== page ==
I was going through some old files, and I found a few notes that were written to me on several different occasions by the comptroller of a major command.
One letter conveyed his best wishes on my birthday. A second one thanked me and my unit for our hospitality during his recent visit to the base. These letters reminded me how important it is to maintain constant communication at all levels.
The letters reminded me of the lost art of written communication. These were not short emails tasking me with a suspense or requesting information; they were handwritten letters that showed he took the time to sit down at his desk and write them longhand, with the singular purpose of providing positive feedback from one professional to another.
As I am also in the middle of performing midterm feedback sessions, they reminded me I should take a great deal of time to carefully prepare the Airman Comprehensive Assessment feedback worksheet, Air Force Form 724.
The Air Force specifically designed this new feedback form in order to better facilitate a dialogue between a member and supervisor. In fact, this form will need to be routed through the coordination process for members’ enlisted performance reports. In addition to taking the time to complete the form, I sat down with each individual and provided feedback in terms of improvements to be made and behavior to sustain.
It is not necessarily easy to provide honest feedback. Obvious deficiencies can be easy to identify and communicate, but it can be difficult to come up with areas of improvement for your unit’s outstanding performers. However, it can and must be done, as everyone has room for improvement.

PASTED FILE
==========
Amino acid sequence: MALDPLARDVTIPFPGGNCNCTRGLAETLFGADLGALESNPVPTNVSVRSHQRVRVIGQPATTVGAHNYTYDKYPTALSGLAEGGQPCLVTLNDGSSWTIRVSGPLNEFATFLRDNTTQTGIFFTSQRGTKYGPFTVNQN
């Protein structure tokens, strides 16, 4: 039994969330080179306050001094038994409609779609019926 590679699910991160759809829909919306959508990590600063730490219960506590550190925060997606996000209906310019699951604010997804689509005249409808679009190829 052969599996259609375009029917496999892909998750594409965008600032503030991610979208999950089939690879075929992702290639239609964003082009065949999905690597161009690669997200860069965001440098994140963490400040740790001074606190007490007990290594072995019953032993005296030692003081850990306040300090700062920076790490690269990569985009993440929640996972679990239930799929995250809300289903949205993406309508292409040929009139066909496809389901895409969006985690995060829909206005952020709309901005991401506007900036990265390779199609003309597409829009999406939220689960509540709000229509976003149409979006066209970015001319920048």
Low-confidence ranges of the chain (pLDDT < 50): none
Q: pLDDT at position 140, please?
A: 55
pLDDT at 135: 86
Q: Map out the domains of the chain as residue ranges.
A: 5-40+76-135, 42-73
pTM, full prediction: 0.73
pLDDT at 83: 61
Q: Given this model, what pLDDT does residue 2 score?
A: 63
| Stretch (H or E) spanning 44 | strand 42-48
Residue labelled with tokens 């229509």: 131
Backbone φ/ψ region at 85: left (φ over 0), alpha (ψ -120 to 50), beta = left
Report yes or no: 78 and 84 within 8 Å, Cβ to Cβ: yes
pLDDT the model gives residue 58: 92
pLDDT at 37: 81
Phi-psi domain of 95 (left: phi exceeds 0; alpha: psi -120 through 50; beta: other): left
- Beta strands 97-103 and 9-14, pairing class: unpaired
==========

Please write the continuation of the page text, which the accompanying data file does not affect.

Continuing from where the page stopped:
You must be deliberate and judicious when giving feedback to those who you are rating. Most people take feedback given to them seriously, and they may even take it personally.
Consequently, it is vital to take the time to prepare the exact message you want to convey and the most appropriate method in which to deliver it. A simple sentence may resound with the member you rated long after your feedback session, with positive or negative impacts lasting years or even throughout that member’s entire career.
Moreover, feedback should not be one-directional. Subor-dinates and peers need to engage in a constant, fact-based crossfeed with one another. If your organization has a disruptive person, his or her peers have the responsibility to step up and let the person know that they are negatively affecting the unit. Conversely, peers can provide positive reinforcement when they see a member suffering. That positive communication can be the impetus for turning someone’s day, or even their life, around.
Subordinates can provide valuable feedback as well. There seems to be the temptation not to tell the boss bad news, but, as the saying goes, bad news never gets better with age.
Telling the emperor that he or she has no clothes might be difficult or embarrassing, but the only way to affect change is if subordinates provide positive, constructive, fact-based feedback to the organization’s leadership. Subordinates, and everyone for that matter, need to understand that there is a tactful way to provide feedback, and, when in doubt, use the Golden Rule on how you’d communicate feedback in that situation.
Honest and constructive feedback is essential to the integrity of our Air Force units. The Air Force has developed the tools and processes to facilitate this dialogue, but it is up to each and every one of us, at all levels, to provide deliberate feedback to our subordinates, peers and leaders in a way that is tactful and professional.